Panic-driven purchases have recently returned. Emily Mayer, researcher at IRI, and Fanny Parise, anthropologist, shed light on the question.
†The cicada has sung / All summer, / Was very robbed / When the north wind came.”: the time for songs is over, make way for provisions! commonly called thepanic buyingliterally panic buying, a specific consumer behavior that is currently rampant on the shelves of supermarkets and hypermarkets.
Concerns about the availability of sunflower oil and rapeseed due to the war in Ukraine have prompted some consumers to purchase these products. Overall, oil prices rose nearly 10% in April, according to IRI. However, there are solutions. And according to IRI expert Emily Mayer, the supply of sunflower oil is sufficient until October.
So how to explain this unconscious fear of lack materialized by the “panic buying†
Different types of behavior
For a better understanding it is necessary to go back to the sources. The god Pan is the god of the wilderness. It is of this mythological origin that the adjective “panic“: this emotional state would be driven by”invisible and mysterious forces of natureaccording to the CNRTL dictionary.
It is precisely this behavior that we see among consumers who are currently running to the store for the precious sesame, sunflower and now canola oil.
These consumers, however, are far from completely irrational, as Fanny Parise points out. According to the anthropologist, there are different logics of actors and the working class, which has few other choices, follows perfectly justified strategies: you have to buy before prices start to rise. This overconsumption can be explained: every individual sees consumption as a safe haven, as in the 20th century it was synonymous with wealth, Fanny Parise said.
“People see this logistical crisis as a crisis of modernity. †
Furthermore, the emotion in the face of this crisis is in the face of change, which creates a sense of lack. The fear is that of seeing the end of a routine, precious and stable in this period when periods of crisis follow.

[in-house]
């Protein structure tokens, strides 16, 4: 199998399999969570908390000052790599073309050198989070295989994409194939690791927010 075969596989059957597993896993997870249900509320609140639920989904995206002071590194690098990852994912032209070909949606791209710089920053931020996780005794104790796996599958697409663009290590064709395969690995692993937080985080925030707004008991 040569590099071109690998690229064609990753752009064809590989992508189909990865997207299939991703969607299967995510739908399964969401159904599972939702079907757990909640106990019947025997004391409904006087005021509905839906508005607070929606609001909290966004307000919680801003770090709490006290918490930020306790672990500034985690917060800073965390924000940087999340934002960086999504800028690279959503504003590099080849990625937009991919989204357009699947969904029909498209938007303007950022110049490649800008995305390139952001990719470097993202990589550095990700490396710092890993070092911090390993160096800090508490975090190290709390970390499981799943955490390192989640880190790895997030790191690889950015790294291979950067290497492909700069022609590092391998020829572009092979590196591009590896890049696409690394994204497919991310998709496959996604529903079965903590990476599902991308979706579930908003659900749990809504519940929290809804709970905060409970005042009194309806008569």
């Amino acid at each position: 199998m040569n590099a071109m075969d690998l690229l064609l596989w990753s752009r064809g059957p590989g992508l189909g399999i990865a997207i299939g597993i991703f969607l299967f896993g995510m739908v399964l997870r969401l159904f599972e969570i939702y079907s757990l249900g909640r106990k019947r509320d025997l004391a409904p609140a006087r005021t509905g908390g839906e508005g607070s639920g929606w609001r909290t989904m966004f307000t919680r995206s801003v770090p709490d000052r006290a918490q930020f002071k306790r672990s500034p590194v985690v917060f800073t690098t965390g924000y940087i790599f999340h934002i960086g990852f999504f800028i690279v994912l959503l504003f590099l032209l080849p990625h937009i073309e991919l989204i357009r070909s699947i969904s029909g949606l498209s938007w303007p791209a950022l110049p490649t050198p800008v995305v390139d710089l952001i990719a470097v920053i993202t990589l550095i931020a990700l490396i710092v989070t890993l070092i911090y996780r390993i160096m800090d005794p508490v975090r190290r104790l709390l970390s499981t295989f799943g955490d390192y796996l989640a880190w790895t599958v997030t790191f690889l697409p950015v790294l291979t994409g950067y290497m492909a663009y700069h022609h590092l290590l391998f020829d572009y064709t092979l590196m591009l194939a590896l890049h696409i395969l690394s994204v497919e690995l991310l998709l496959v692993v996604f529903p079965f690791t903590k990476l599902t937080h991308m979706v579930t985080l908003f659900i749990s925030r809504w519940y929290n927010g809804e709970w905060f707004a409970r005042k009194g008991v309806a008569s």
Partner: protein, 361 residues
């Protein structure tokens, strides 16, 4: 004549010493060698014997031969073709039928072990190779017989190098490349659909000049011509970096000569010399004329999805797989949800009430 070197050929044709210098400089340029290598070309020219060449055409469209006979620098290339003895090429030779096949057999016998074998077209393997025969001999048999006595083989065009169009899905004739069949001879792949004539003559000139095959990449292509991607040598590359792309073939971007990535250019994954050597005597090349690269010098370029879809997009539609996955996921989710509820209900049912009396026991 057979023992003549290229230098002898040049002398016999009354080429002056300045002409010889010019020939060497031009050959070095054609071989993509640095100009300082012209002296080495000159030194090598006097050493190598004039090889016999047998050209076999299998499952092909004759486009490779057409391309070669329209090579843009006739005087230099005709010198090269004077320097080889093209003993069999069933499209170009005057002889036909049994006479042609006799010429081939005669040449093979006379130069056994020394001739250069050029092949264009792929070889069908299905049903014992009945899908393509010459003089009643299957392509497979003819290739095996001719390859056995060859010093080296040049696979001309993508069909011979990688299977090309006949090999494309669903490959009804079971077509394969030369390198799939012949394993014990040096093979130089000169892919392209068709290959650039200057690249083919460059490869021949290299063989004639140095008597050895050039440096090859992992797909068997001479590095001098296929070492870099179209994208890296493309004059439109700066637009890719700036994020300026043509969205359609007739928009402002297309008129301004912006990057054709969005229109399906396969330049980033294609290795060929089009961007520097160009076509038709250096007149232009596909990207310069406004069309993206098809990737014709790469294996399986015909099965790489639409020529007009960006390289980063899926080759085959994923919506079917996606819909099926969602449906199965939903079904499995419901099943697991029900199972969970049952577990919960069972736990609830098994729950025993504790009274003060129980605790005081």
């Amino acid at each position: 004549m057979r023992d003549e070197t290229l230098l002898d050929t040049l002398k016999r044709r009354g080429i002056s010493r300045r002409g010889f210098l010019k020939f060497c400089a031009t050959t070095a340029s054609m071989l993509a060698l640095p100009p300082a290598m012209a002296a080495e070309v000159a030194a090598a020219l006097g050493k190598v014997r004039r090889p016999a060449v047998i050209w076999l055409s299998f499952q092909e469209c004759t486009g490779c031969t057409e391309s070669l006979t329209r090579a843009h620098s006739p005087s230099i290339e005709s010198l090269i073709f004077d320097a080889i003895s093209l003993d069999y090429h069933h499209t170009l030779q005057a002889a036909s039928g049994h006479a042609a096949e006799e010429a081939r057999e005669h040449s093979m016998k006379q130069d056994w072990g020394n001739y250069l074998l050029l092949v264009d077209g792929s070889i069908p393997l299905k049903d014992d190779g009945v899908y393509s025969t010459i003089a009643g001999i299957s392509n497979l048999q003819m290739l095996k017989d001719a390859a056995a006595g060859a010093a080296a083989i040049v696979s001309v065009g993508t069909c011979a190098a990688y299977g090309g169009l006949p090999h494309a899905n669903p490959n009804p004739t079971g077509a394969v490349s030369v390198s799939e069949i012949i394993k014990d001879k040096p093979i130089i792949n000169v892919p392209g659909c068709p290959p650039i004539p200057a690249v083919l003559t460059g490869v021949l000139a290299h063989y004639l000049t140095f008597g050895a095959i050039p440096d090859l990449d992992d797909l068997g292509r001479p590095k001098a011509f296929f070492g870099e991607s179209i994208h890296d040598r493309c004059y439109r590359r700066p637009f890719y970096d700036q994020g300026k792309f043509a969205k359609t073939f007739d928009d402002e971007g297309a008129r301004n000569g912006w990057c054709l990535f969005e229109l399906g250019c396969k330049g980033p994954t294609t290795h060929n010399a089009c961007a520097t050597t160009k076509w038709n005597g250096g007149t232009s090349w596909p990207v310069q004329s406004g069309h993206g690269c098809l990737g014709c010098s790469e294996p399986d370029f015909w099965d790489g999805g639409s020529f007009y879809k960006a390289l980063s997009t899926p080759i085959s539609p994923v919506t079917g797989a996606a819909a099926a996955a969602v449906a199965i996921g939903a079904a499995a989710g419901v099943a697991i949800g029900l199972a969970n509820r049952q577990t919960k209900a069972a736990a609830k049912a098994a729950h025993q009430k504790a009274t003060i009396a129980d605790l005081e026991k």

The anthropologist also notes that the “panic buyingpoints to a Manichaean tendency to want to categorize individuals as good or evil: on the one hand, irrational individuals throwing themselves on bottles of oil and on the other, “the spoiled children“, to use the eponymous title Fanny Parise. This term denounces moralizing individuals in his work, “without class consciousness criticizing the consumer society while allowing the system to continue†
More and more repetitive
The supply chain disruptions caused by atypical mass purchases are like a holdover from the first incarceration in March 2020 with a return of a form of rationing called “quota», about elementary products. † I had a colleague, mother of four, who couldn’t even get enough yogurt for her family during the first lockdown.testifies Emily Mayer, who called the “ panic buying” like a “collective punishment† In the endthis echo to thepanic buyingof March 2020 seems to predict the cyclical nature of this phenomenon.
This behavior should become a structural element of our society in our society of plenty, emphasizes Fanny Parise. Especially since the vagaries of the weather, according to Emily Mayer, that are becoming more frequent, amplify an inflation that is still cyclical today, but could become generalized. And with it the risk of shortages and a tendency to “panic buyingaccording to Emily Mayer, would become more and more repetitive.
Perhaps we still have to dance, as our good La Fontaine suggests, to make the rain fall? However, oil is unlikely to fall from the sky…